|image from cannelle-vanille.blogspot.com|
I like to pretend that I am, but the truth is that I am not. If there is a shortcut, I'll take it. If I can work harder and get things done faster, I'll do it. I know how to make risotto (a notoriously time consuming dish to make because of all of the stirring) in 20 minutes. Without stirring. That's not bragging; that's admitting that even with tasks that I enjoy doing, I almost always manage to be more efficient for the sake of not having to wait.
Which is why searching for a farm is a true test of my patience. I listened when everyone shared stories of finding their dream farm or home and it taking 3-4 years. I nodded, but couldn't really comprehend waiting that long. And I still can't. I've been searching for a month and a half and it feels like an eternity.
Yesterday the homeowner of the Picturesque North Stonington Farm called me by surprise. Earlier in the week I had asked my real estate agent to make another appointment to see the property and to take soil tests. I also broached her on the topic of leasing-to-buy - an option that would make the property more affordable for me, and could benefit the homeowner as well.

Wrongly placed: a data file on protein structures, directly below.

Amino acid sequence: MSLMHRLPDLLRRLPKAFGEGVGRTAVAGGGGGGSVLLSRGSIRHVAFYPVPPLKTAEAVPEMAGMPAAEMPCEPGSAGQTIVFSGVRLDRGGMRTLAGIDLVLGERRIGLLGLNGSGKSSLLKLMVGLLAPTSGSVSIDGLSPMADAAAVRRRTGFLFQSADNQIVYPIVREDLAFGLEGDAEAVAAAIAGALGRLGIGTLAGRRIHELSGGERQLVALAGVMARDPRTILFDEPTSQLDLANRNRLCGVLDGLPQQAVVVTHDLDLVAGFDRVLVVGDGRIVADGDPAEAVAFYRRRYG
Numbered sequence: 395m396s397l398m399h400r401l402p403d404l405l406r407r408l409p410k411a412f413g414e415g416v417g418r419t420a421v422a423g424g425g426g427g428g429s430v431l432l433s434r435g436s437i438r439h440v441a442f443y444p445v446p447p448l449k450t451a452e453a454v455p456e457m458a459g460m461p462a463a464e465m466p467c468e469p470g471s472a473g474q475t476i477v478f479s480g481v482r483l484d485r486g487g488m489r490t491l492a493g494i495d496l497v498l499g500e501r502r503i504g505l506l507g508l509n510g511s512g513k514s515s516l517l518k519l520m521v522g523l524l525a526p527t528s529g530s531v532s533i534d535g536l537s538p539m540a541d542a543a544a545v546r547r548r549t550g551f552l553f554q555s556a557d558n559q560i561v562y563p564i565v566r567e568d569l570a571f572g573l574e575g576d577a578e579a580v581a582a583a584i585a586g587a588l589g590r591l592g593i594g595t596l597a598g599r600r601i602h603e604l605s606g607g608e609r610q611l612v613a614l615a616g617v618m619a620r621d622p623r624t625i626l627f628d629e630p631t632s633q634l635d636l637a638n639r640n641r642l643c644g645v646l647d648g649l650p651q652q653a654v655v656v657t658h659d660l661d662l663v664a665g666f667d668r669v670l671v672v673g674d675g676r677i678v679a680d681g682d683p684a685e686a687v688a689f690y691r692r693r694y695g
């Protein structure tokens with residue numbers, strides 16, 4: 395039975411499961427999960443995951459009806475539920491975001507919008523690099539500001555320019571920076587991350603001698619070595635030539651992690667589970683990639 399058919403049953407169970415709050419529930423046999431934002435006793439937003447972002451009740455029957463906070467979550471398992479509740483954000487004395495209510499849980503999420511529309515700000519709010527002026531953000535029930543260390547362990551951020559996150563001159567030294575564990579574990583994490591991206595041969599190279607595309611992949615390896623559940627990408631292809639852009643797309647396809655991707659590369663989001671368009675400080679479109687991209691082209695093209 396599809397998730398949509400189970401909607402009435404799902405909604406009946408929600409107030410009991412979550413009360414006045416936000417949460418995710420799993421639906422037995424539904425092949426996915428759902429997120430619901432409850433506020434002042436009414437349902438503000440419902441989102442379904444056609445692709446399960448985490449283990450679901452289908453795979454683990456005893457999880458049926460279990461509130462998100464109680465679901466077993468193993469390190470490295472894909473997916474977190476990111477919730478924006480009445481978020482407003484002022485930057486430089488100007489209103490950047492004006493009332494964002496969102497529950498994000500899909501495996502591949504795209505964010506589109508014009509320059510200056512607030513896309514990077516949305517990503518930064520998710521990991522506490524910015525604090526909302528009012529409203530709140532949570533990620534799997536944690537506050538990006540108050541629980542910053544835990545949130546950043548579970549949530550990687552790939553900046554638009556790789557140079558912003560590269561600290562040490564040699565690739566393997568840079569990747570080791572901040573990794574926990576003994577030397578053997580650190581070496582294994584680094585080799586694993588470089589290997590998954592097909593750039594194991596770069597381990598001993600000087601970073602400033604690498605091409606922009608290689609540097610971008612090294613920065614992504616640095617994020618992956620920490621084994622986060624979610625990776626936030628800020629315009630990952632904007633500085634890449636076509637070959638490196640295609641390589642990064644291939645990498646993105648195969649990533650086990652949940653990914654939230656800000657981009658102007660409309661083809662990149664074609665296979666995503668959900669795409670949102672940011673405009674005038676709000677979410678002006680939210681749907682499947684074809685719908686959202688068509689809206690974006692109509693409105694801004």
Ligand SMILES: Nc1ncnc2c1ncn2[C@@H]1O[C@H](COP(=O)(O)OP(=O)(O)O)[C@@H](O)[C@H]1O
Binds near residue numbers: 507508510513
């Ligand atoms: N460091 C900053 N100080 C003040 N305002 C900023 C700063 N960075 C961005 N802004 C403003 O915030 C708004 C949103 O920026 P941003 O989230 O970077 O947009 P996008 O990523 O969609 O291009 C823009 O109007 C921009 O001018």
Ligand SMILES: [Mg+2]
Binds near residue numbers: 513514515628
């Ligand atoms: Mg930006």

Unfortunately, I didn't even get to discuss this option with the landowner (and probably never will). She called to make an issue out of wanting to see the property again, about me needing a lawyer (which is true, but very ahead of the game), and about her not budging a dollar on the asking price. I was caught off-guard by her forwardness and aggressiveness (for example, making it clear that she would not be paying for a radon test because the radon levels are find...something I never inquired about and will need to see in writing anyway). Mostly I was disappointed because it became clear just how much patience I would need to have with this property. Now, even more then securing funding and finding a decent job, I have to wait until they are truly ready to sell the house (ie. negotiate).
With the market so poor and winter on the horizon, I'm not worried about the property selling. Especially with the landowners unreasonable nature. And if it does, well then it's not my dream farm after all. I'm excited to see the house again next week with a better attention to detail, but I no longer have hopes of settling there anytime soon. I knew that before, but I didn't really admit it to myself until now.
And I'll need patience for seeking out other properties as well. I'm getting to the "bottom" of my list of potential farms to lease/buy/visit. The list will grow, but it's momentarily stalled. I have plenty to work on - business plans, holistic management homework, job searching, seeking additional properties - but not too many specifics.
It's too bad patience isn't a vegetable crop - like mustard greens, which grow quickly this time of year, or butternut squash, which stores really well through the winter. Then again, I suppose I'd need farmland to grow that as well.